EC’s decision to abandon indelible ink is a constitutional breach – Minority

The Minority caucus in Parliament has accused the Electoral Commission (EC) of breaching the constitution by abandoning the use of indelible ink in upcoming elections.

This comes after the EC announced plans to scrap the ink, traditionally applied to voters’ fingers to prevent multiple voting, in favour of more “modern” verification methods.

The EC Chairperson, Jean Mensa, announced that in the district-level election and subsequent polls, there would be no need for indelible ink as part of efforts to improve the electoral process.

But during a debate on the budget estimate for the EC for the ensuing year, the First Deputy Minority Whip, Ahmed Ibrahim and Member of Parliament for South Dayi, Rockson Nelson Dafeamekpor said the action by the EC contravenes the regulation passed by Parliament for the effective performance of its functions.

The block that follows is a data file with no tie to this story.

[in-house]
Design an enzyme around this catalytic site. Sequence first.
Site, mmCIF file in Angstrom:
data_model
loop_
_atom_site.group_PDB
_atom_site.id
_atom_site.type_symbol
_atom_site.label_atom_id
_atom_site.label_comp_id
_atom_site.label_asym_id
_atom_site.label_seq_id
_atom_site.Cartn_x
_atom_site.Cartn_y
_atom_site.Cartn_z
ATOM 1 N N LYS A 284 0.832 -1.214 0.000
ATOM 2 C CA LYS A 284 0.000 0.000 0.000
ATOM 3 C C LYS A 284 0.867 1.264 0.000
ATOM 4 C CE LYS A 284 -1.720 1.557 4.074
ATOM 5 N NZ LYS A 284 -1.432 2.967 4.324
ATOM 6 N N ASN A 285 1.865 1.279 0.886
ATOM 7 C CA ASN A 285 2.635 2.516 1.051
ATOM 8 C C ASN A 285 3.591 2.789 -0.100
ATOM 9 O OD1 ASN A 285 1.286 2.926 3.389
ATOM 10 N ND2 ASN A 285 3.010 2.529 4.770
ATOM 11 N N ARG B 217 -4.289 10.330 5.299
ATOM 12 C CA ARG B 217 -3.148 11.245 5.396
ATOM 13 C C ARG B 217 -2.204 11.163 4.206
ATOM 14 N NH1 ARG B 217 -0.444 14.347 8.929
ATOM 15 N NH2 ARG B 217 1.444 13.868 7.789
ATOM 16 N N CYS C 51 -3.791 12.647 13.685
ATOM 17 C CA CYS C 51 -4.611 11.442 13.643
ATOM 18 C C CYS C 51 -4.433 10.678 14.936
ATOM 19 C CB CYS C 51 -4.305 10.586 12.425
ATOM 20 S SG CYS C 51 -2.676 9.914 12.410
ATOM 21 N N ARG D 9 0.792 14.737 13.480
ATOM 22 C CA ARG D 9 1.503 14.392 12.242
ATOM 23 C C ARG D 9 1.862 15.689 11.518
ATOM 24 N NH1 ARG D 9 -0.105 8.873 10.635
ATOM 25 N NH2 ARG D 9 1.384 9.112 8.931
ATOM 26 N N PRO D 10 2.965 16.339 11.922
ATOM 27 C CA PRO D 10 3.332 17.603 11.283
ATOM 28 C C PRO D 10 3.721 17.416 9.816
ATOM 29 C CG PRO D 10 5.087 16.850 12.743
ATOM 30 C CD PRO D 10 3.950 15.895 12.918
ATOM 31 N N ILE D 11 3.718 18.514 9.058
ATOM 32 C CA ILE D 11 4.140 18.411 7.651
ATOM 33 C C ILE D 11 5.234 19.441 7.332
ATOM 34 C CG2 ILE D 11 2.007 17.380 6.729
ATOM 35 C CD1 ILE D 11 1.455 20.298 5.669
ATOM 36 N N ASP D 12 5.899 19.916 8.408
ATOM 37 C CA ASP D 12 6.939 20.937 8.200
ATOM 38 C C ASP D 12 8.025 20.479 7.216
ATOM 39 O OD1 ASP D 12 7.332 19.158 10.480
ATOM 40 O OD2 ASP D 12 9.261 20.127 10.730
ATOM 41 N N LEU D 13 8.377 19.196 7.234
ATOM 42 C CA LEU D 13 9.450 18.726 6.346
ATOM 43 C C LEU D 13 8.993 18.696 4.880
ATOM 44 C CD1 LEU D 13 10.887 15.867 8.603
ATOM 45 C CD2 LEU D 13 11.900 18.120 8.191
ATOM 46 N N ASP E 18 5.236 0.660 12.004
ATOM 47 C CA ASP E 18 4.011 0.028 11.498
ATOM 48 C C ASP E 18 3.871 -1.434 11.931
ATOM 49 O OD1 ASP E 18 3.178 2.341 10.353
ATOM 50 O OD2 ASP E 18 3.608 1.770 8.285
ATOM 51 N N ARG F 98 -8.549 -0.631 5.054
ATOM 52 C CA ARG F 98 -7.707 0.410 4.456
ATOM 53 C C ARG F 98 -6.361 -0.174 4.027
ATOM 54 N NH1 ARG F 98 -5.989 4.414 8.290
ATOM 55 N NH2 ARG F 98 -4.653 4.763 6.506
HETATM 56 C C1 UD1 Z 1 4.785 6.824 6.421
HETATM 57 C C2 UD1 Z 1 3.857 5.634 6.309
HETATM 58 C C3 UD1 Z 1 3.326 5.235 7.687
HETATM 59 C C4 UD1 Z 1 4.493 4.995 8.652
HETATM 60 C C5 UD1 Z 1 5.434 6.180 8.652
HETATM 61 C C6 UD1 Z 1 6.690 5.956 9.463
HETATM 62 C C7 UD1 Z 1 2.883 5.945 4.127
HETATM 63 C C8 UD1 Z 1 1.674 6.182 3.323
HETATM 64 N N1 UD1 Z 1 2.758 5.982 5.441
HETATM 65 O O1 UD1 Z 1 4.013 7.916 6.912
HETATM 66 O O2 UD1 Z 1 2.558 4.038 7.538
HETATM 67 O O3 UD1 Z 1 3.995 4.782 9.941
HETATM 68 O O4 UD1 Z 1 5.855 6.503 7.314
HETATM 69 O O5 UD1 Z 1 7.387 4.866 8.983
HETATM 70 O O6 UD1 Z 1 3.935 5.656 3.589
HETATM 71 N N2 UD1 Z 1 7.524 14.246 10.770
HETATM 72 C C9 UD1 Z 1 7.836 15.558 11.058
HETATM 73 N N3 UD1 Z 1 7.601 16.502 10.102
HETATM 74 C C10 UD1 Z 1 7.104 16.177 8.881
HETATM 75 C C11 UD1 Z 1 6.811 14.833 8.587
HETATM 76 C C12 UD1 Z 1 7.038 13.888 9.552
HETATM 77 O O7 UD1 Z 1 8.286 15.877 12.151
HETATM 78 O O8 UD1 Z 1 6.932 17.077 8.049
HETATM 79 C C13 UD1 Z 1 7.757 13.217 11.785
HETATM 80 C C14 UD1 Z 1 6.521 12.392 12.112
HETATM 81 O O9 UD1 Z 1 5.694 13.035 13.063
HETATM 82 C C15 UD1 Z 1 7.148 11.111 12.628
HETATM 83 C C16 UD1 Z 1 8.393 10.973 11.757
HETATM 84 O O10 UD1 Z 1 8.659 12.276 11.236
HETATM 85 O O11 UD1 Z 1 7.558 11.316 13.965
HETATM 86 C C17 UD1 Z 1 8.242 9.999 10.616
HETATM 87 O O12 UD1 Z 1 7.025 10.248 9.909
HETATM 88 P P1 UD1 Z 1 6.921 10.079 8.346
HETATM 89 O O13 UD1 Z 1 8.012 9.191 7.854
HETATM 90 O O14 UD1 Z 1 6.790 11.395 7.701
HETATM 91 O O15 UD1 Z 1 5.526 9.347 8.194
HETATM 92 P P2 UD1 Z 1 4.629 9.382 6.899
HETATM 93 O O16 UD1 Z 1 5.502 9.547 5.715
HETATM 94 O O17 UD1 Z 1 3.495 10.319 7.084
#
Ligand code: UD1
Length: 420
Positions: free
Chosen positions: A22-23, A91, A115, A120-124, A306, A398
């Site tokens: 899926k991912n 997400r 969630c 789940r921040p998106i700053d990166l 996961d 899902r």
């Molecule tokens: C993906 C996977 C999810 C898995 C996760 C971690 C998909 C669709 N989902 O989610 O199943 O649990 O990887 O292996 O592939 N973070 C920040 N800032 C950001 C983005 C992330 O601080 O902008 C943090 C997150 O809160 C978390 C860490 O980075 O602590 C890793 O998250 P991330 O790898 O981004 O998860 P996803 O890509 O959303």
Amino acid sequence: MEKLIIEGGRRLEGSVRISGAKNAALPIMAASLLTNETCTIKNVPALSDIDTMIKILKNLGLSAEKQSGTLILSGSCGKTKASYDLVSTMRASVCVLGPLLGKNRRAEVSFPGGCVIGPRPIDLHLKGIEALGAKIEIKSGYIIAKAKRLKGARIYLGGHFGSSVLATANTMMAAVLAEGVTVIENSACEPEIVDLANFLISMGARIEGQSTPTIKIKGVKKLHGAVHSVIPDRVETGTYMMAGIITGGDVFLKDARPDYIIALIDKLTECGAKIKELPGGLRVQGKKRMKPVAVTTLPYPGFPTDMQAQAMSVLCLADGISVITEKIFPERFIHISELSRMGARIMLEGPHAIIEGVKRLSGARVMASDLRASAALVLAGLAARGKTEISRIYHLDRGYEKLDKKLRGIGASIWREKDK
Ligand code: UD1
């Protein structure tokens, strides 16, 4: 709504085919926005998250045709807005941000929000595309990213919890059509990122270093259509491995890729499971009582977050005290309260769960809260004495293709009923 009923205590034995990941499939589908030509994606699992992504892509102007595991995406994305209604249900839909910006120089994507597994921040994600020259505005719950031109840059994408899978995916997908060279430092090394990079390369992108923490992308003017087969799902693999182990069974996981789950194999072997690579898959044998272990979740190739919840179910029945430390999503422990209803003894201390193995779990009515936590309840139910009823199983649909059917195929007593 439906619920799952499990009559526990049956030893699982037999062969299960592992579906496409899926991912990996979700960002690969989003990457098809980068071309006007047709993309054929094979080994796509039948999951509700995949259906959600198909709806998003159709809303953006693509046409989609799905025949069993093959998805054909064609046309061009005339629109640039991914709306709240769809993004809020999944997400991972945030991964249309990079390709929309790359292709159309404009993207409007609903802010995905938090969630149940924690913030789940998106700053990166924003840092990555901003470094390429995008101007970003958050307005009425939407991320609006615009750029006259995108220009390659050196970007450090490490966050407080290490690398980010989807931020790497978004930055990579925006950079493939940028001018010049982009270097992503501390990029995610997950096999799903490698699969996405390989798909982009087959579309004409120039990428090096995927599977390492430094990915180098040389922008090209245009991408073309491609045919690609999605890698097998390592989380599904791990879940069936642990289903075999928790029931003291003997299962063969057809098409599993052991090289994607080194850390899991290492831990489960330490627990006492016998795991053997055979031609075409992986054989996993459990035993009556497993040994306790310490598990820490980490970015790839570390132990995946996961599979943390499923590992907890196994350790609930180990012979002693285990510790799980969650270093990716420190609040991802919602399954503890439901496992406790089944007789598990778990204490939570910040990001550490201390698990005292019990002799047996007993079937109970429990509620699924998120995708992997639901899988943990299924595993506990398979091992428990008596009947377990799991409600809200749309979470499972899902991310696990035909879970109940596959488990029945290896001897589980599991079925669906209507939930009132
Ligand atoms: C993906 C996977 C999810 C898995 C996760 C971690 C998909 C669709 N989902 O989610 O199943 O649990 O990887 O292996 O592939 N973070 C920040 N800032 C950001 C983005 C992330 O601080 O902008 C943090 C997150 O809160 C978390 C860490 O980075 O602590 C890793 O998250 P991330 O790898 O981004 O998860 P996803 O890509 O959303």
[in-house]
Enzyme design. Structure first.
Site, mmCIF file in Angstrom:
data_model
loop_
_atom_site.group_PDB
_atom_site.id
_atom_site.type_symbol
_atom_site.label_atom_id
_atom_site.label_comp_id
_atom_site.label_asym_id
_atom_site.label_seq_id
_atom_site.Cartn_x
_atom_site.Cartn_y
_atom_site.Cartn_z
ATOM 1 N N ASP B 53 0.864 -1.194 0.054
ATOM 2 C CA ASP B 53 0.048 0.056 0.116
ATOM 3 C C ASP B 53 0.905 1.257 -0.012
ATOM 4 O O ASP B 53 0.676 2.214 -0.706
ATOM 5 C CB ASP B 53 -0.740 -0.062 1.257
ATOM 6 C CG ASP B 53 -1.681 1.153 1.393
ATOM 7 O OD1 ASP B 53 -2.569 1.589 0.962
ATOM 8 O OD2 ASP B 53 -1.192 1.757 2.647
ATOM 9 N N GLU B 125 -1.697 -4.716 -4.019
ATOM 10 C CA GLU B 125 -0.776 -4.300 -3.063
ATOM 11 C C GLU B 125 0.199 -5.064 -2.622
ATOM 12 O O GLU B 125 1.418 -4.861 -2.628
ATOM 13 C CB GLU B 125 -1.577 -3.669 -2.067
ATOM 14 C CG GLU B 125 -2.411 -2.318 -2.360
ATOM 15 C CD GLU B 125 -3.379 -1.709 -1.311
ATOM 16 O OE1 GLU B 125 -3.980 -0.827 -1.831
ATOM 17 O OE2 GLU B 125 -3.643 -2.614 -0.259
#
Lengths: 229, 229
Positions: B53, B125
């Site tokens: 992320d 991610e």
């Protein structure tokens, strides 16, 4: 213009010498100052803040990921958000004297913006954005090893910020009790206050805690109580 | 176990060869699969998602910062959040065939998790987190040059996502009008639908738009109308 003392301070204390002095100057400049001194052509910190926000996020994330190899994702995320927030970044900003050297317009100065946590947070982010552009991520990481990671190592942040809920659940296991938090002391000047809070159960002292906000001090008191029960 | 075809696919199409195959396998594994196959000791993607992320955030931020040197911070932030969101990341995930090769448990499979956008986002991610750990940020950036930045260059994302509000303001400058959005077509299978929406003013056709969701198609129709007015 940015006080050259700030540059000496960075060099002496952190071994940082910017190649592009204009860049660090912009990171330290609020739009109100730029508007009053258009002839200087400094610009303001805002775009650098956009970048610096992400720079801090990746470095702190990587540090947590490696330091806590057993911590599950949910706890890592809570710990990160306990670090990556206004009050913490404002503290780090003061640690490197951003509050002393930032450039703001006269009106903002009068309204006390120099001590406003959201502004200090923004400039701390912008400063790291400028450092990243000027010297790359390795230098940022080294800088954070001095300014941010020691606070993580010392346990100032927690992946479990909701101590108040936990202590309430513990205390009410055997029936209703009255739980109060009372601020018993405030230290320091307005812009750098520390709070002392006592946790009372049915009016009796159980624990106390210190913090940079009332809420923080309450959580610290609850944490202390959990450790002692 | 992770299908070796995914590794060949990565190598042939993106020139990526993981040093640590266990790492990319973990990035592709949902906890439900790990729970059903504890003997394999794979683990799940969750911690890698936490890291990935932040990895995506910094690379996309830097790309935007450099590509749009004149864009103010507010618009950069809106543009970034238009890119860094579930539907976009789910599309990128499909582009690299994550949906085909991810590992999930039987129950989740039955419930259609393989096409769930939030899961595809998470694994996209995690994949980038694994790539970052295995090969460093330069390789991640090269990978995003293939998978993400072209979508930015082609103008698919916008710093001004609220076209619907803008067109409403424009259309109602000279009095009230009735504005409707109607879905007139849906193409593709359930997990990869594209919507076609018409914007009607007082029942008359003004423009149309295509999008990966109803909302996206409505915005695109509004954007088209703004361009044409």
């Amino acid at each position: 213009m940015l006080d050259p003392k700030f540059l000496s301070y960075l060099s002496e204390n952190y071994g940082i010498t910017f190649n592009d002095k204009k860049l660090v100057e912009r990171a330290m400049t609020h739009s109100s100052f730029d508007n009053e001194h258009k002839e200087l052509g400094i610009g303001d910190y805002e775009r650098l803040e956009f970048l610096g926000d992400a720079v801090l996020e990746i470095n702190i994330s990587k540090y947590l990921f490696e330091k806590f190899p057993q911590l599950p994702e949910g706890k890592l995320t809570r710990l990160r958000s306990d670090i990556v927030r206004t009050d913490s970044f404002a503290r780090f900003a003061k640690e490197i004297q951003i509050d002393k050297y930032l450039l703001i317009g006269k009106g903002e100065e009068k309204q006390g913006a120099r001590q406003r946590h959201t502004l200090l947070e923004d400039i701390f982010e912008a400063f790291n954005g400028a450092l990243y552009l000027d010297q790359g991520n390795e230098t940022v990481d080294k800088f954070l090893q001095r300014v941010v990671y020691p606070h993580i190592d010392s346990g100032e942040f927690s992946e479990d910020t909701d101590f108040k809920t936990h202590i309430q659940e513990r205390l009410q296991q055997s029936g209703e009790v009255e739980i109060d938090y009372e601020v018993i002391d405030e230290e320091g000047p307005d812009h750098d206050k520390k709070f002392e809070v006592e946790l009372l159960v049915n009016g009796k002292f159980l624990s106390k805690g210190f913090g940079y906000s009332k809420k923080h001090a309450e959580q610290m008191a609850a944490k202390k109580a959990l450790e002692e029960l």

“The issue of the non-use of the indelible ink breaches the law…Mr Speaker, you cannot come to Parliament with an instrument where protocols have been outlined and you as an administrative fiat decide that you won’t go according to the protocol.

“The use of indelible ink is part of the regulations that we put in the instrument for the effective performance of the Electoral Commissioner so, you cannot decide that you would not apply it. She must do things that will help her perform effectively.”

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